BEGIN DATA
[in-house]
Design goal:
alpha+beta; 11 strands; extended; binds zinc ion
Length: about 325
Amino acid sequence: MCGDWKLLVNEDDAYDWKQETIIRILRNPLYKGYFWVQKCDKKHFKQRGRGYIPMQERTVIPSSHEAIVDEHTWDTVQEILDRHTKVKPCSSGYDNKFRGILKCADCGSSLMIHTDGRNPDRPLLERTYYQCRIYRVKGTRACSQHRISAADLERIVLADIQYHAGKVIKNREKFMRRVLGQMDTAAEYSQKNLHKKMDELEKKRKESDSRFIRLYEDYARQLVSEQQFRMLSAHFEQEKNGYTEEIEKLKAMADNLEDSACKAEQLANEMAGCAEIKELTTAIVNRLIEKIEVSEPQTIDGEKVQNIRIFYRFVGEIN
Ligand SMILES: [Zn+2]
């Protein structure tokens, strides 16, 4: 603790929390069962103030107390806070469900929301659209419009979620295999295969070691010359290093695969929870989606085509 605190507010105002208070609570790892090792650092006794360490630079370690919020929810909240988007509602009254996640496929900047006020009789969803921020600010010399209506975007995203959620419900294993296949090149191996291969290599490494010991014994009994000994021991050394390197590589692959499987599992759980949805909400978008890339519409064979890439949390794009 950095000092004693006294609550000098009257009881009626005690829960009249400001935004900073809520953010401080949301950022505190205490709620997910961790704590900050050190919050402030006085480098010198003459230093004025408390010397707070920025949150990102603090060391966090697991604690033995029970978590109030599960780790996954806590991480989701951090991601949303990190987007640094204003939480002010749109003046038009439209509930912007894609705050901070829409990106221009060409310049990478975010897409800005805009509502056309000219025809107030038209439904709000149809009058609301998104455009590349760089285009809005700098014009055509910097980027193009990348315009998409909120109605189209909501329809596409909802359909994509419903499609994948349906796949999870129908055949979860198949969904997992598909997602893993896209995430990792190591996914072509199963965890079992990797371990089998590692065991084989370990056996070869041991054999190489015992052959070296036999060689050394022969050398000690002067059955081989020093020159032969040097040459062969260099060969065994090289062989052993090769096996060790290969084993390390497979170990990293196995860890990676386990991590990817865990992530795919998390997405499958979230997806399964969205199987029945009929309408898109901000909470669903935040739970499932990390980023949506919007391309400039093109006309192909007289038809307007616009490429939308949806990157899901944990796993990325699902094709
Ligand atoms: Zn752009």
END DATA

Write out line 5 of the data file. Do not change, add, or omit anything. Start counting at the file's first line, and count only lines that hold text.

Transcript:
Amino acid sequence: MCGDWKLLVNEDDAYDWKQETIIRILRNPLYKGYFWVQKCDKKHFKQRGRGYIPMQERTVIPSSHEAIVDEHTWDTVQEILDRHTKVKPCSSGYDNKFRGILKCADCGSSLMIHTDGRNPDRPLLERTYYQCRIYRVKGTRACSQHRISAADLERIVLADIQYHAGKVIKNREKFMRRVLGQMDTAAEYSQKNLHKKMDELEKKRKESDSRFIRLYEDYARQLVSEQQFRMLSAHFEQEKNGYTEEIEKLKAMADNLEDSACKAEQLANEMAGCAEIKELTTAIVNRLIEKIEVSEPQTIDGEKVQNIRIFYRFVGEIN